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bulgaria-smlThe Republic of Bulgaria, located in south-eastern Europe, was once part of the Communist Eastern Bloc. Today, it is a member of the European Union and NATO, and has a population of about 7.2 million.

According to Eurostat, Bulgaria in 2014 reached a Gross Domestic Product (GDP at purchasing power parity) per head of EUR 12,800. This makes it the poorest country in the region, below Romania (EUR 15,200) and Croatia (EUR 16,100).

The country managed a swift turnaround after a steep decline in GDP following the financial crisis of 2009. Over the current decade, growth rates have been modest but positive. Despite many changes in political leadership, Bulgaria has improved its position in the World Economic Forum´s Global Competitiveness Ranking. It stands 54th out of 144 countries.

It is now an international centre for the outsourcing industry. Many known names belonging to multinational companies have set up shop in Sophia and operate call centres or perform other corporate services.

The country’s coastline along the Black Sea features two important harbours, Burgas and Varna. Both are part of the Trans-European Networks. The city of Rousse, located near the border with Romania and only about 80km from Bucharest, is Bulgaria´s largest Danube harbour and opens the way to western Europe.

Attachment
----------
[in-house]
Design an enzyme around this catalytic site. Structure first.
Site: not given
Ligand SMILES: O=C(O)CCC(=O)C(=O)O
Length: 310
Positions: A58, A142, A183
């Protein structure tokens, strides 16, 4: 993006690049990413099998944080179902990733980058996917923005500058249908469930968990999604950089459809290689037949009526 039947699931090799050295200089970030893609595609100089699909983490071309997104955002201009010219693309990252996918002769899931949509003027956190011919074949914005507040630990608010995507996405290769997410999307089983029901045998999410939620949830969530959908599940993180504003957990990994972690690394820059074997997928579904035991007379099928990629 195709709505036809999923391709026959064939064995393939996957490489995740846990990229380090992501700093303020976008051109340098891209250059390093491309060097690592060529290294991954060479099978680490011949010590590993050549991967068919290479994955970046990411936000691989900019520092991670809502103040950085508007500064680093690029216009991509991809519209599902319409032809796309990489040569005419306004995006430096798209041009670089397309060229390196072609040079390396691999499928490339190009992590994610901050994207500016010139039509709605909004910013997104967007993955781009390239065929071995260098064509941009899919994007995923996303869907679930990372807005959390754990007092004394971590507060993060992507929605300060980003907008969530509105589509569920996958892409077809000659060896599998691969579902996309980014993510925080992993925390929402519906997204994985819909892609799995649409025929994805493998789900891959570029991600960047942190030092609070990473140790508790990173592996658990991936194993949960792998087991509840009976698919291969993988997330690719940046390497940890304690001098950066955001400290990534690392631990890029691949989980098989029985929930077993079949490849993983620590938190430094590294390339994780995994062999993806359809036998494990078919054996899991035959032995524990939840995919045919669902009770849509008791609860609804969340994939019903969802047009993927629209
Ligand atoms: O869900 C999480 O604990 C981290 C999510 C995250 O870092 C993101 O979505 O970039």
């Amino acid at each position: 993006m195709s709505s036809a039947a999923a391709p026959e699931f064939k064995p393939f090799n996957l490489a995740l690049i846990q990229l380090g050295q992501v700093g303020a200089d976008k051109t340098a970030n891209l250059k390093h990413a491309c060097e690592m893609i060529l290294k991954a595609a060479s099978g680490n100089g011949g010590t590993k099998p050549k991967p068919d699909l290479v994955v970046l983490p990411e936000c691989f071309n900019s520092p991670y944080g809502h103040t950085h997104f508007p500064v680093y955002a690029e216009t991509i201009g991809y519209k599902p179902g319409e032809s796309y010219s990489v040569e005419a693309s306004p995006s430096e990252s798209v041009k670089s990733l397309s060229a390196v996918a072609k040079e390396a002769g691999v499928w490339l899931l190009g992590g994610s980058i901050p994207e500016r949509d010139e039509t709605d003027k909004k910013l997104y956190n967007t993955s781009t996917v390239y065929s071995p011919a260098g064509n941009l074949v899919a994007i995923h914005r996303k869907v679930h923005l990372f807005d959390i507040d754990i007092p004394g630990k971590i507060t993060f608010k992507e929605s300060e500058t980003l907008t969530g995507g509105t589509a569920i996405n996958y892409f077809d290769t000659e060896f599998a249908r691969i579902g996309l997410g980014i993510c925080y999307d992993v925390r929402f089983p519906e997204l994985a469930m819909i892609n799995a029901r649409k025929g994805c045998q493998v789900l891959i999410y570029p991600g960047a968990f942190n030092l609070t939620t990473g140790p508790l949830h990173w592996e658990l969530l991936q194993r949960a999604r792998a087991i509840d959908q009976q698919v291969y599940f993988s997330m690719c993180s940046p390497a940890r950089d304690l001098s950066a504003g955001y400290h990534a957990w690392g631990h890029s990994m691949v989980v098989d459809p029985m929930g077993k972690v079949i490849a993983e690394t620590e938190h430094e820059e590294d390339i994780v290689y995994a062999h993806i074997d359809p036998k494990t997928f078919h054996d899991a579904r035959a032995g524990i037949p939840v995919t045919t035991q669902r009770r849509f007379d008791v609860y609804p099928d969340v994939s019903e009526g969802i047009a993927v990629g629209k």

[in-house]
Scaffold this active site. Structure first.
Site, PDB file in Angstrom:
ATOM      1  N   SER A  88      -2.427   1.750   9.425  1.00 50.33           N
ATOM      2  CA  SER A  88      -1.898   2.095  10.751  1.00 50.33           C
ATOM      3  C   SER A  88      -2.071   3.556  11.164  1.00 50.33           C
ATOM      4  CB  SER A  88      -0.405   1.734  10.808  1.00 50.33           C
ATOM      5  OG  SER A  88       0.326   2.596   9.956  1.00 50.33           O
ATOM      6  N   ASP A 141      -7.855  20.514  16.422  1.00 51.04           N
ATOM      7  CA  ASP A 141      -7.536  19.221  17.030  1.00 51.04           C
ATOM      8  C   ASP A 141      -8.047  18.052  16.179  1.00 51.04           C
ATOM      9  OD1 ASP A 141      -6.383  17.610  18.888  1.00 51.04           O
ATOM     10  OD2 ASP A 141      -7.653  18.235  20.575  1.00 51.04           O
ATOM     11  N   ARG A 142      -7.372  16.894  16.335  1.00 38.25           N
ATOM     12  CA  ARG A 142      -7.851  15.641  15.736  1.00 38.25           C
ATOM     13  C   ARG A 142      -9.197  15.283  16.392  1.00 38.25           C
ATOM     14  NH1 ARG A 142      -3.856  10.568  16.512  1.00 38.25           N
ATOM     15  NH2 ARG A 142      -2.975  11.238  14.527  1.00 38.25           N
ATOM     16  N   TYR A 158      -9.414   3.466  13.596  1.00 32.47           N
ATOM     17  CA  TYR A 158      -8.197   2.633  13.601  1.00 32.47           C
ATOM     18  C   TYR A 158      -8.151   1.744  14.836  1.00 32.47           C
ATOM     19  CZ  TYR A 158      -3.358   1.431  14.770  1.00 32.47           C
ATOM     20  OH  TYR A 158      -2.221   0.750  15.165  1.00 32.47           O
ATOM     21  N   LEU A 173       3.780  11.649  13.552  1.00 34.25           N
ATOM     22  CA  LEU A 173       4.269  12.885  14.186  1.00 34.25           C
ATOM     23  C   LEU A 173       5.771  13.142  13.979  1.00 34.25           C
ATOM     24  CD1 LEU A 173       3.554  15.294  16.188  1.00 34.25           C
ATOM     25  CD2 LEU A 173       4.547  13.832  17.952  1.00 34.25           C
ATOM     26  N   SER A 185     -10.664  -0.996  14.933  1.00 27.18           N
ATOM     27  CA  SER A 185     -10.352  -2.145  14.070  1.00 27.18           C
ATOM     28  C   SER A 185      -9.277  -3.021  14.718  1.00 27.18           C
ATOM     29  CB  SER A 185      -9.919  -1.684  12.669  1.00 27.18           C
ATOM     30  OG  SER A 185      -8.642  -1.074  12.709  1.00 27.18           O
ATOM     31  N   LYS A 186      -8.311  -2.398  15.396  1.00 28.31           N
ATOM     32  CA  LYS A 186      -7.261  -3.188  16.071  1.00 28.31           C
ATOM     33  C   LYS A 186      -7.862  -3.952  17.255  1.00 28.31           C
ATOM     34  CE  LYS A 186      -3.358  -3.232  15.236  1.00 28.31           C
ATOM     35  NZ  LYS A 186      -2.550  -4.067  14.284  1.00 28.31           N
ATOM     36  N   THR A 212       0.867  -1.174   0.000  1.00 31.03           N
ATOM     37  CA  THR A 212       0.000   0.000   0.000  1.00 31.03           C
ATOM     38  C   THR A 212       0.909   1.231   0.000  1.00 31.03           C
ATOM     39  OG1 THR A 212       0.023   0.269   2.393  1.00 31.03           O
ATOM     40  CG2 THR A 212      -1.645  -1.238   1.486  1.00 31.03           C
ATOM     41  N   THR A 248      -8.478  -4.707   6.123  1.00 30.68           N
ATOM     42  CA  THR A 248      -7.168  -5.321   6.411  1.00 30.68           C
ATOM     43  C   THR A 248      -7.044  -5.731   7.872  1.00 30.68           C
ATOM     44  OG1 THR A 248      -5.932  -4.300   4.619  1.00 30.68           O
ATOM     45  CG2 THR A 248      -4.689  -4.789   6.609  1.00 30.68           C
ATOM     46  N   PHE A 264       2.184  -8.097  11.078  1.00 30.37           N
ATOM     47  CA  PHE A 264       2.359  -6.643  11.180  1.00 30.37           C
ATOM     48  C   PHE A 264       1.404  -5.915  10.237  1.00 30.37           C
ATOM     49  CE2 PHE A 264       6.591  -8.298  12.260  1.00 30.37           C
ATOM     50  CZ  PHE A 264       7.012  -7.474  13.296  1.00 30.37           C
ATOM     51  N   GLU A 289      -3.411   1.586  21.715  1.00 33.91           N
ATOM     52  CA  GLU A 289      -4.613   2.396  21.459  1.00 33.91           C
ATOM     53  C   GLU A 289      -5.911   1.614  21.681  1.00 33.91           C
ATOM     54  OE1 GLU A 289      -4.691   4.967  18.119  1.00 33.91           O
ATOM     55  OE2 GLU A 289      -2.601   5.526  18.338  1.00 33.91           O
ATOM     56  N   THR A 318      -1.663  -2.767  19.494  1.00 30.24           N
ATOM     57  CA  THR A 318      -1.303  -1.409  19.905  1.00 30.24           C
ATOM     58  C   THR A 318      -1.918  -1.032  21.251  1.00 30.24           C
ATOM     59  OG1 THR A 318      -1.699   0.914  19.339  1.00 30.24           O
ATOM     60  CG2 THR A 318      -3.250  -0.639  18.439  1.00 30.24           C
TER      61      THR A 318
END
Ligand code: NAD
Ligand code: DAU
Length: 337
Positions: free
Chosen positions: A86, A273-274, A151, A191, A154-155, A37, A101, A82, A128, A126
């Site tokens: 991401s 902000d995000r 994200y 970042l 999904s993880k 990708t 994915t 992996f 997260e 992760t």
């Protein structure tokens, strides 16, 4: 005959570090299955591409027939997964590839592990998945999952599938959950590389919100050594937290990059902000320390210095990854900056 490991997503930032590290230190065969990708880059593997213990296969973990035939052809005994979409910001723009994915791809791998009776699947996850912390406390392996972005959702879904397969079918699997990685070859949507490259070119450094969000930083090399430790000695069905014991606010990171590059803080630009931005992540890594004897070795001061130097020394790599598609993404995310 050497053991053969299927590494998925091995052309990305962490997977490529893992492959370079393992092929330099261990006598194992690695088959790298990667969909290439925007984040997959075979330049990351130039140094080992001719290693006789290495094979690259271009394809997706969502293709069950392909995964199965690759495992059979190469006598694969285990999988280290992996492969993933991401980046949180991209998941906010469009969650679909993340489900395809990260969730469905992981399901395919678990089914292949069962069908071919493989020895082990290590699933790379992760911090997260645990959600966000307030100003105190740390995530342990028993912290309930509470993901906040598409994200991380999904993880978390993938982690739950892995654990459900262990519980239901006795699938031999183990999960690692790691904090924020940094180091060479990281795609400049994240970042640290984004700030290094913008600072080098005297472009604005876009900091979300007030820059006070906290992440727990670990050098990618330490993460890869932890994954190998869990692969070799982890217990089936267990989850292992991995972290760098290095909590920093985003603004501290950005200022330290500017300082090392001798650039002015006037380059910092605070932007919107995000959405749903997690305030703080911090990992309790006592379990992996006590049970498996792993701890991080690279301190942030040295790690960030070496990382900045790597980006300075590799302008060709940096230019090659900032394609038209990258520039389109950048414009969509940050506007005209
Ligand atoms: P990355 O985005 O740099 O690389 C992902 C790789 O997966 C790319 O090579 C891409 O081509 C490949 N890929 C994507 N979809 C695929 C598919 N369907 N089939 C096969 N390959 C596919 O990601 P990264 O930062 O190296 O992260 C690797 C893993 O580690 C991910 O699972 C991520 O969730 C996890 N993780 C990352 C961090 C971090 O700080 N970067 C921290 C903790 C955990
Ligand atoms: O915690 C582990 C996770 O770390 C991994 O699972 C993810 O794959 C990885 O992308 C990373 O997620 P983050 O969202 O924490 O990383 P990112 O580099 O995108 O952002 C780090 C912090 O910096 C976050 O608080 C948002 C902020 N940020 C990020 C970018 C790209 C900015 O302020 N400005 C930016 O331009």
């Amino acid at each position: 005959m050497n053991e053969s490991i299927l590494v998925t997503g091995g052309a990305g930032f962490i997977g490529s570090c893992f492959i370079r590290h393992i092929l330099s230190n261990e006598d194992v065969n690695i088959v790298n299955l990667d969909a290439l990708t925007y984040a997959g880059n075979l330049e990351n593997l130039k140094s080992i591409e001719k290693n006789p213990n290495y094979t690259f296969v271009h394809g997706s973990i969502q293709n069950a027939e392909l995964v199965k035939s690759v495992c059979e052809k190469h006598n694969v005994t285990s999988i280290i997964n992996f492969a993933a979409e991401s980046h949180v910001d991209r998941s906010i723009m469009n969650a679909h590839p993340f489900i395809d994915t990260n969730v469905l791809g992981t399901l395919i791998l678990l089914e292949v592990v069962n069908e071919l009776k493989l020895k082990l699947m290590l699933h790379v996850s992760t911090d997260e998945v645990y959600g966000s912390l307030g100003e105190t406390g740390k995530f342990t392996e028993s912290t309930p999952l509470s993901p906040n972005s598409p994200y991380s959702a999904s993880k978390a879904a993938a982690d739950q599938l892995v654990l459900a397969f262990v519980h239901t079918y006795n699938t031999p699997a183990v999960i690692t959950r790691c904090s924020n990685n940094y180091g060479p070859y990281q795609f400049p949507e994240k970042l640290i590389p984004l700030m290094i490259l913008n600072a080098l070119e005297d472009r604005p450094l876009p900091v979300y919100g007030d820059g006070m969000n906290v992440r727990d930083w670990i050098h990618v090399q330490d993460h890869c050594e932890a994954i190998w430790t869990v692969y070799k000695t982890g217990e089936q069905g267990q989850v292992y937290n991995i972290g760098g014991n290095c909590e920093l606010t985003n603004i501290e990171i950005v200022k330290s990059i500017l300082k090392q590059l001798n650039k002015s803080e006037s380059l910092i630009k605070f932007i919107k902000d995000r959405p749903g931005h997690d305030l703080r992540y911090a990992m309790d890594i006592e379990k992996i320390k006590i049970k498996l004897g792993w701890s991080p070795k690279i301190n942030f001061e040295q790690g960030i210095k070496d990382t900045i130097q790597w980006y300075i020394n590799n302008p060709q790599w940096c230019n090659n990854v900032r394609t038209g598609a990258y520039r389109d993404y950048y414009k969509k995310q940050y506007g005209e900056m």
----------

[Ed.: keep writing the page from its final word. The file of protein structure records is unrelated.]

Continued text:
Oils and fats mix

The only vegetable oil produced domestically in notable quantities is sunflower oil at 348,000 tonnes in 2014. This was double the amount produced in 2009. Rapeseed oil output was recorded at about 28,000 tonnes in 2014, also almost double the 2009 volume. Figure 1 shows the recovering production volumes, as well as the relative dominance of sunflower oil.

Figure 1: Bulgaria – oils and fats production (thousand tonnes)


Sources: Oil World Annual 2014 & 2015

Between 2009 and 2014, Bulgaria steadily increased its palm oil imports from 33,300 tonnes to 51,800 tonnes. This was sourced at roughly equal parts from Indonesia, Malaysia and via Greece which has strong economic ties with Bulgaria.

Palm oil accounted for more than half of the country´s oils and fats imports over the same period. As Figure 2 indicates, demand for Malaysian palm oil have seen ups and downs, but the quantities purchased have remained remarkably stable (see dotted line).

Figure 2: Bulgaria – import of Malaysian palm oil (thousand tonnes)


Sources: Oil World Annual 2014 & 2015

MPOC Brussels

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